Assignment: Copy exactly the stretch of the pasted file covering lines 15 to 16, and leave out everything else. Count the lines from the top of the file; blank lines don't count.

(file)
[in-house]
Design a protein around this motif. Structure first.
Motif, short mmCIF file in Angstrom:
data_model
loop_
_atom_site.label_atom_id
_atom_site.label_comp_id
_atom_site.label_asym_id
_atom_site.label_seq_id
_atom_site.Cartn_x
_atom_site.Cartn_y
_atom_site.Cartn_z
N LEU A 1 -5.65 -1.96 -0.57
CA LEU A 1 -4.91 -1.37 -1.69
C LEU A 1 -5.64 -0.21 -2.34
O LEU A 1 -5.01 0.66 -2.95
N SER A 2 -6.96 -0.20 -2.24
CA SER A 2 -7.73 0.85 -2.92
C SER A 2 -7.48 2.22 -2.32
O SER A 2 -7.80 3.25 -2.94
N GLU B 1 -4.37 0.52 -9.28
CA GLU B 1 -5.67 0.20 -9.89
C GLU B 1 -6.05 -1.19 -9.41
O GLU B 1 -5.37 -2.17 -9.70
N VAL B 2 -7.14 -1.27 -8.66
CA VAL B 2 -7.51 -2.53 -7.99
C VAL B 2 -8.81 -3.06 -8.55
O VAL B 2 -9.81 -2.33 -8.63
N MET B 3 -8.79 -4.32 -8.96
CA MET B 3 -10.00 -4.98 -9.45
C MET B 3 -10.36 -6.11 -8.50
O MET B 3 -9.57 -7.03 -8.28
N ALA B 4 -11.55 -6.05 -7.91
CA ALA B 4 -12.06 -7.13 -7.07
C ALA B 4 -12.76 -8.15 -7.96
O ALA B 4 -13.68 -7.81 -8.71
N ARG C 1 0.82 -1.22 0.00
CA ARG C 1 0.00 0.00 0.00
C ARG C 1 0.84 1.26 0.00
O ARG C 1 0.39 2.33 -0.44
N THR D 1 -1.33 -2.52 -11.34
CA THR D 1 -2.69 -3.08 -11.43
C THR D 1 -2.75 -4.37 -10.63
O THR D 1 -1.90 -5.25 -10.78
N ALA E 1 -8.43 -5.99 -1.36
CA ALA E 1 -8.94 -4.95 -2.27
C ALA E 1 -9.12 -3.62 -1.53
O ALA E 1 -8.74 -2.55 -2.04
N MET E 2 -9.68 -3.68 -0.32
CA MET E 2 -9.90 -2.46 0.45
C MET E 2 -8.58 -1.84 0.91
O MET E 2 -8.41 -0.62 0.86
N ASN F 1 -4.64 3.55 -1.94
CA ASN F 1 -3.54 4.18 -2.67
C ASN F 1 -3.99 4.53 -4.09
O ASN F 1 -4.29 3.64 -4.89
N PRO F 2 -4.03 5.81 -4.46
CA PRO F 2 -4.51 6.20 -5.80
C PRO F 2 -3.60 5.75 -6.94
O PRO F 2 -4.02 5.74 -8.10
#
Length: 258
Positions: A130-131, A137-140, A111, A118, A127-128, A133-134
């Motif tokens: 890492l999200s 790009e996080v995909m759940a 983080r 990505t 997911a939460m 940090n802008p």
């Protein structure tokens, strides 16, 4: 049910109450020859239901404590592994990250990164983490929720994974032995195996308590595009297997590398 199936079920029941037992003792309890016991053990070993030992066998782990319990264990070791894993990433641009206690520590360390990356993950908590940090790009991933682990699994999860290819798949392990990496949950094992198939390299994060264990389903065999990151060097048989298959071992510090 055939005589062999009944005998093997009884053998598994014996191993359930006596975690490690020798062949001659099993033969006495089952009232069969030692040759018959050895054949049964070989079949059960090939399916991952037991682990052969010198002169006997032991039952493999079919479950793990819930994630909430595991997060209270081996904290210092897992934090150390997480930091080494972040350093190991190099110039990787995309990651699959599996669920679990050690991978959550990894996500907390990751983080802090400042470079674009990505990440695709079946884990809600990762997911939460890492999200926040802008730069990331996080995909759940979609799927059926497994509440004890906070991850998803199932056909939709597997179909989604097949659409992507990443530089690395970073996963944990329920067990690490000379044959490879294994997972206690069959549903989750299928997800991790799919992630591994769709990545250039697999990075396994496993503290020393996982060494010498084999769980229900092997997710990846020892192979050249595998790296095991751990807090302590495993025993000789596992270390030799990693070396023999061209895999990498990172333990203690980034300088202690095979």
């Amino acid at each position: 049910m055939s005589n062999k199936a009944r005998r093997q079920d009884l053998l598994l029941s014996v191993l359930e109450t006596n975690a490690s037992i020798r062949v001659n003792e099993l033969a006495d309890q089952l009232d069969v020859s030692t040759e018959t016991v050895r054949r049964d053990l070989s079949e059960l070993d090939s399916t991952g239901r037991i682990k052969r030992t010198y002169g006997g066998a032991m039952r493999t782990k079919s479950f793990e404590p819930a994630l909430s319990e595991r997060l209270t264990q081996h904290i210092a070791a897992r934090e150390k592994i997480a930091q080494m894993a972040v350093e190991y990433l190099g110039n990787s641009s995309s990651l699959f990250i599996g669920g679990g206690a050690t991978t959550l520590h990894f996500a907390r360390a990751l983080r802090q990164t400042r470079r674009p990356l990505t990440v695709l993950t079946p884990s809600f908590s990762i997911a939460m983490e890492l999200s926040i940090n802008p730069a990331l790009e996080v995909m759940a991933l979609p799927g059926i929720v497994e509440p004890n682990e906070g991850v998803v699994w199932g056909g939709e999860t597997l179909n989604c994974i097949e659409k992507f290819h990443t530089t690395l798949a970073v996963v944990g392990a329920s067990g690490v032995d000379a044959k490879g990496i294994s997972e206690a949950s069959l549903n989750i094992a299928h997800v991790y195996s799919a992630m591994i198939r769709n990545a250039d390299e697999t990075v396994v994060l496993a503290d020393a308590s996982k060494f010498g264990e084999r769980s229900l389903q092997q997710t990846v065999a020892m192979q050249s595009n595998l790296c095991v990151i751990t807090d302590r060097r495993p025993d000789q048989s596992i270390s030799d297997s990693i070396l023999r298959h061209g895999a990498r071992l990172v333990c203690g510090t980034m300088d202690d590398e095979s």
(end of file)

C LEU A 1 -5.64 -0.21 -2.34
O LEU A 1 -5.01 0.66 -2.95